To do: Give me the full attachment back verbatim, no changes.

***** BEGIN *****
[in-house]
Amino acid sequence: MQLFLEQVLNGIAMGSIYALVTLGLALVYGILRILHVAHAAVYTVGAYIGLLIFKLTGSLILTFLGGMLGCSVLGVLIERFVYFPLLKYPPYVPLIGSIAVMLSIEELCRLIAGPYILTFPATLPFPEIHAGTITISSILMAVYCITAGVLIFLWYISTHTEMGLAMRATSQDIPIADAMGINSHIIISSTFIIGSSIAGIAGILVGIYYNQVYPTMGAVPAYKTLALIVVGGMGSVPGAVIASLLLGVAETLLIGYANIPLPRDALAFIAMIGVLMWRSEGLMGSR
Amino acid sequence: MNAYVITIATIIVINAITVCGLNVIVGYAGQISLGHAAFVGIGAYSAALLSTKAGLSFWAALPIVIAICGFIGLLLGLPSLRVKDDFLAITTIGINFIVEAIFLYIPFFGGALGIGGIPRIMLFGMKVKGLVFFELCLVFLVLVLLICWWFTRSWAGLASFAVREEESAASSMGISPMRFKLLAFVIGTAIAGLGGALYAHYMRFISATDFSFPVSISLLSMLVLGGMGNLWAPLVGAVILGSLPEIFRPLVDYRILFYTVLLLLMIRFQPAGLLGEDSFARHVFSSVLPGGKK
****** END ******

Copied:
[in-house]
Amino acid sequence: MQLFLEQVLNGIAMGSIYALVTLGLALVYGILRILHVAHAAVYTVGAYIGLLIFKLTGSLILTFLGGMLGCSVLGVLIERFVYFPLLKYPPYVPLIGSIAVMLSIEELCRLIAGPYILTFPATLPFPEIHAGTITISSILMAVYCITAGVLIFLWYISTHTEMGLAMRATSQDIPIADAMGINSHIIISSTFIIGSSIAGIAGILVGIYYNQVYPTMGAVPAYKTLALIVVGGMGSVPGAVIASLLLGVAETLLIGYANIPLPRDALAFIAMIGVLMWRSEGLMGSR
Amino acid sequence: MNAYVITIATIIVINAITVCGLNVIVGYAGQISLGHAAFVGIGAYSAALLSTKAGLSFWAALPIVIAICGFIGLLLGLPSLRVKDDFLAITTIGINFIVEAIFLYIPFFGGALGIGGIPRIMLFGMKVKGLVFFELCLVFLVLVLLICWWFTRSWAGLASFAVREEESAASSMGISPMRFKLLAFVIGTAIAGLGGALYAHYMRFISATDFSFPVSISLLSMLVLGGMGNLWAPLVGAVILGSLPEIFRPLVDYRILFYTVLLLLMIRFQPAGLLGEDSFARHVFSSVLPGGKK